None of these processes, of course, prevent all ethical lapses, and they neither require nor create agreement about which choices are right. Many physicists, for example, began avoiding working on problems with military applications in the years after the McCarthy hearings and the Vietnam War. But many others do such research, and the issue is frequently and hotly debated.

Computer science is a field of engineering. Its purpose is to build systems to be used by others. But even though it has had its share of events which could have prompted a deeper reckoning — from the Therac-25 accidents, in which misprogrammed radiation therapy machines killed three people, up to IBM’s role in the Holocaust — and even though the things it builds are becoming as central to our lives as roads and bridges, computer science has not yet come to terms with the responsibility that comes with building things which so profoundly affect people’s lives.

Software engineers continue to treat safety and ethics as specialities, rather than the foundations of all design; young engineers believe they just need to learn to code, change the world, disrupt something. Business leaders focus on getting a product out fast, confident that they will not be held to account if that product fails catastrophically. Simultaneously imagining their products as changing the world and not being important enough to require safety precautions, they behave like kids in a shop full of loaded AK-47’s.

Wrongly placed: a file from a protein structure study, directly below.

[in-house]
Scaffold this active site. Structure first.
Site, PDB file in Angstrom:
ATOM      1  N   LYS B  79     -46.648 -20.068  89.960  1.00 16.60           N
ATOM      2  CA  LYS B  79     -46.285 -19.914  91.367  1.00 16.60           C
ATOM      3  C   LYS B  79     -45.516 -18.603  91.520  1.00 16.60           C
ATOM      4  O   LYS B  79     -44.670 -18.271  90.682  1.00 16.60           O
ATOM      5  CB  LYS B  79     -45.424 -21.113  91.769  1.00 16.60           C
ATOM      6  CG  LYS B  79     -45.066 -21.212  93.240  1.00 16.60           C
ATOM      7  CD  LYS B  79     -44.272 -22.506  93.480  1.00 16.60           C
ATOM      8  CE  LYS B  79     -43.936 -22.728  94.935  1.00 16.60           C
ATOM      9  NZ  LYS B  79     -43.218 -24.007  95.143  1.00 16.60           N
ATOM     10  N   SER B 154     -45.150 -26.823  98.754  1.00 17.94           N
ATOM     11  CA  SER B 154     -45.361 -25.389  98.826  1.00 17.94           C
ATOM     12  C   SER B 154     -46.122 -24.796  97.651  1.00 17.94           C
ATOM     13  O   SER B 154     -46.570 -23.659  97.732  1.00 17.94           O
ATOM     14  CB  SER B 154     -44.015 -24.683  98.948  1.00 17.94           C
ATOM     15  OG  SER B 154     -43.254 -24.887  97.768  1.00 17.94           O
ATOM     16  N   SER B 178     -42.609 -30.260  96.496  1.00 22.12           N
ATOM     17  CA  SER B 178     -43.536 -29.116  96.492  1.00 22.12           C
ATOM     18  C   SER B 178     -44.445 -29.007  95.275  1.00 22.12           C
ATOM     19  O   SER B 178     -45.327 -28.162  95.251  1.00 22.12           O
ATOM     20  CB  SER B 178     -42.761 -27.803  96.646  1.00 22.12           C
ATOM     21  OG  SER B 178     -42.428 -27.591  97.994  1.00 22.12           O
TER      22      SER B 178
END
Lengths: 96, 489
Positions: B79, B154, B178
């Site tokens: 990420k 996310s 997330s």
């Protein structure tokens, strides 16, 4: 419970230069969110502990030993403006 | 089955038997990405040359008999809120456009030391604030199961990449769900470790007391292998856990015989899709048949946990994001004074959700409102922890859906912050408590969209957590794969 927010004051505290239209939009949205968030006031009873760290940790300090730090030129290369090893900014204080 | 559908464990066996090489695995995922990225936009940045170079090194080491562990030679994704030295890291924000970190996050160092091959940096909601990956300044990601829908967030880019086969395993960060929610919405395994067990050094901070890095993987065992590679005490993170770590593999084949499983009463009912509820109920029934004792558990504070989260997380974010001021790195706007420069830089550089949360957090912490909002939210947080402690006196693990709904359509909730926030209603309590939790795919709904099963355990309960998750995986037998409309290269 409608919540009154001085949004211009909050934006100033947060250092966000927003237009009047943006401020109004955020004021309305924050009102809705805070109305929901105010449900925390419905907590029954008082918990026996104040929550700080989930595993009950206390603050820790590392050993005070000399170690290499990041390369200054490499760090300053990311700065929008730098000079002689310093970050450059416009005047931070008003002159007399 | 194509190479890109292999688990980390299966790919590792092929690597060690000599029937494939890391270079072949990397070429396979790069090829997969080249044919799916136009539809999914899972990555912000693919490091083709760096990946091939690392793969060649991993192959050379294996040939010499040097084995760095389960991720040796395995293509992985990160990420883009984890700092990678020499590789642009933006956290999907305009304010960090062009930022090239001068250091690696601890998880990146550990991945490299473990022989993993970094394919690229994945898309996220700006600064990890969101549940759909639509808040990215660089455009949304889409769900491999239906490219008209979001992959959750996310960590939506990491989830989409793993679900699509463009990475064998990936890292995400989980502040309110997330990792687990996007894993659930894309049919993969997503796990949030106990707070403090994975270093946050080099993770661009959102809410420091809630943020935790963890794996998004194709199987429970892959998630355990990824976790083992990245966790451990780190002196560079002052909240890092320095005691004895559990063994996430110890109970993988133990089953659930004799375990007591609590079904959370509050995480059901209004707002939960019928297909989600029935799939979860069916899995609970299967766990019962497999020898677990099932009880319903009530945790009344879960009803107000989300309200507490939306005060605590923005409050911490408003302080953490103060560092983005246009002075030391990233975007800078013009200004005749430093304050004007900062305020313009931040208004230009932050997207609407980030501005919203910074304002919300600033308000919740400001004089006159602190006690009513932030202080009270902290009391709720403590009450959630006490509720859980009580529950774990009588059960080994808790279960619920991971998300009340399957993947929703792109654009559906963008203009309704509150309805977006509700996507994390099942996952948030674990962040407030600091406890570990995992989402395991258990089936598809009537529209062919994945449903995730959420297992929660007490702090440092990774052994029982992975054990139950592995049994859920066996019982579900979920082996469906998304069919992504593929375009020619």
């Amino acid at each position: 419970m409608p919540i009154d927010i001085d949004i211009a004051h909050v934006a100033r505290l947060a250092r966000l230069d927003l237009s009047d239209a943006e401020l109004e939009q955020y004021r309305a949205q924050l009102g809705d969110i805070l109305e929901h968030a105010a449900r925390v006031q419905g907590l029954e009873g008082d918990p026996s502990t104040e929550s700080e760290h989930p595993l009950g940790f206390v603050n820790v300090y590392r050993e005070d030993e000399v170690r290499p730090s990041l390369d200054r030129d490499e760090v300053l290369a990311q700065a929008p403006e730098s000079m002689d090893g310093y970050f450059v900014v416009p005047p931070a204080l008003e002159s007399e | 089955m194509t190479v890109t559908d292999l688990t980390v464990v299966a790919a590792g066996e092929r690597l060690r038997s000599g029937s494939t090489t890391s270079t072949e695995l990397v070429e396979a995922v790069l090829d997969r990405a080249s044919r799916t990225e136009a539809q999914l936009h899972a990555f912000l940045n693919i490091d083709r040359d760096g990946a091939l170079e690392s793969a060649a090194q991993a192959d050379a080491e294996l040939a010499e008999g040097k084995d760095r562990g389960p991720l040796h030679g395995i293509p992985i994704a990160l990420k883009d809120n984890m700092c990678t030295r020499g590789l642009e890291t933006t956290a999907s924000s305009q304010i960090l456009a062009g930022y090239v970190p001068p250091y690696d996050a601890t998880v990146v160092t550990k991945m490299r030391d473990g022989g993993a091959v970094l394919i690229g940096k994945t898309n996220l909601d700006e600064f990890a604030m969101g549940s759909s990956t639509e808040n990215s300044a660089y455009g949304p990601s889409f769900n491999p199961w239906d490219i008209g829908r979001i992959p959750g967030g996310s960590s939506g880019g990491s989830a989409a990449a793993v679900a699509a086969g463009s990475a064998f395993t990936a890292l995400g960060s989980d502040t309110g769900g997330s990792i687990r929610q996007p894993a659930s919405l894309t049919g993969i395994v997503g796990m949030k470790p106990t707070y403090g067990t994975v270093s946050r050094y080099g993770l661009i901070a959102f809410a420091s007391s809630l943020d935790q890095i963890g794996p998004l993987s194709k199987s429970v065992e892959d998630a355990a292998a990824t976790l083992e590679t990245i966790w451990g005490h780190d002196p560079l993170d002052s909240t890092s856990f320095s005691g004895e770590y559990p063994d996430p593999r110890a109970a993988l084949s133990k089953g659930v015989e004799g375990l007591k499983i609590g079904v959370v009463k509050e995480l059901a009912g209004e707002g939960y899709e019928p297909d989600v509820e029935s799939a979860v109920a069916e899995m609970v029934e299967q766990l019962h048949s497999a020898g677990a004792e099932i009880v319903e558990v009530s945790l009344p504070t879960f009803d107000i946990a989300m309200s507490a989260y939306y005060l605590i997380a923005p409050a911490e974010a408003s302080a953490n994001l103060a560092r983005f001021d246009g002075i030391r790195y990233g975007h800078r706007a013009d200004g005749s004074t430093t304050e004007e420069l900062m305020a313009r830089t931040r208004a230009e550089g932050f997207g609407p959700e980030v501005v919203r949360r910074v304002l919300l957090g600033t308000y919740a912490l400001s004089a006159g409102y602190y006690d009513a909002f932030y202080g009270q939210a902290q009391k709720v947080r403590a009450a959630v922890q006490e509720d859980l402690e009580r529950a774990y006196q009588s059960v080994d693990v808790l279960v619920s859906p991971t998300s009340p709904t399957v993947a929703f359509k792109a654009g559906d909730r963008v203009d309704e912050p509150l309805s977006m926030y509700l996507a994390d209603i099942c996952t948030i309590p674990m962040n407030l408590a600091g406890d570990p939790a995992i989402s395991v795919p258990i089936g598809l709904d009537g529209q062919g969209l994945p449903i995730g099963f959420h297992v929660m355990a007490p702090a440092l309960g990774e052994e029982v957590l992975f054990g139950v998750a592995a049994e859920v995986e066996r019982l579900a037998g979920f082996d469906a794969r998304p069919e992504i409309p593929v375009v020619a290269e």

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What would a higher standard of care look like? First of all, safety would be treated as a principal concern at all stages, even when “just trying to get something out the door,” and engineers’ education would equip them to do so. If safety came first, the Facebook Graph API used by Cambridge Analytica, which raised widespread alarm among engineers from the moment it first launched in 2010, would likely never have seen the light of day.

Tech companies focus intensely on preventing crashes. A rigorous effort to anticipate what could go wrong is already standard practice for specialists in system reliability, which deals with “what-ifs” around computer failures. A higher standard for safety would simply do the same for “what-ifs” around human consequences. This would not imply that all systems should be built to the same safety standards; nobody expects a tent to be built like a skyscraper. But the civil engineer’s approach would require a substantial shift of priorities.